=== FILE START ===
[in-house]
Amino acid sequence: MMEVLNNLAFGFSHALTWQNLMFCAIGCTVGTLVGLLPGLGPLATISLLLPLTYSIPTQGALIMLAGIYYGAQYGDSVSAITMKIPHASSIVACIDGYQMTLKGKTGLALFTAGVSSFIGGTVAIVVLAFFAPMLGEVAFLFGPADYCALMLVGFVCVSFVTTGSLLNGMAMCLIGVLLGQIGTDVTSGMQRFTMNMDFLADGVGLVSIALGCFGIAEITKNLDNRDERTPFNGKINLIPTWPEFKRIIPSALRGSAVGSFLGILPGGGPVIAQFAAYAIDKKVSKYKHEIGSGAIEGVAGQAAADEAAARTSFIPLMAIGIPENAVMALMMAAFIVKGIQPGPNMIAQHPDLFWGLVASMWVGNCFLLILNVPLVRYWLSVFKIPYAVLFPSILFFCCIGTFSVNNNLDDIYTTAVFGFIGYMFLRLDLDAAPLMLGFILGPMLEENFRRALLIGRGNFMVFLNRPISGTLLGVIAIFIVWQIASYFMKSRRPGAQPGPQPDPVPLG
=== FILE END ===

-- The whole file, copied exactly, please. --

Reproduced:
[in-house]
Amino acid sequence: MMEVLNNLAFGFSHALTWQNLMFCAIGCTVGTLVGLLPGLGPLATISLLLPLTYSIPTQGALIMLAGIYYGAQYGDSVSAITMKIPHASSIVACIDGYQMTLKGKTGLALFTAGVSSFIGGTVAIVVLAFFAPMLGEVAFLFGPADYCALMLVGFVCVSFVTTGSLLNGMAMCLIGVLLGQIGTDVTSGMQRFTMNMDFLADGVGLVSIALGCFGIAEITKNLDNRDERTPFNGKINLIPTWPEFKRIIPSALRGSAVGSFLGILPGGGPVIAQFAAYAIDKKVSKYKHEIGSGAIEGVAGQAAADEAAARTSFIPLMAIGIPENAVMALMMAAFIVKGIQPGPNMIAQHPDLFWGLVASMWVGNCFLLILNVPLVRYWLSVFKIPYAVLFPSILFFCCIGTFSVNNNLDDIYTTAVFGFIGYMFLRLDLDAAPLMLGFILGPMLEENFRRALLIGRGNFMVFLNRPISGTLLGVIAIFIVWQIASYFMKSRRPGAQPGPQPDPVPLG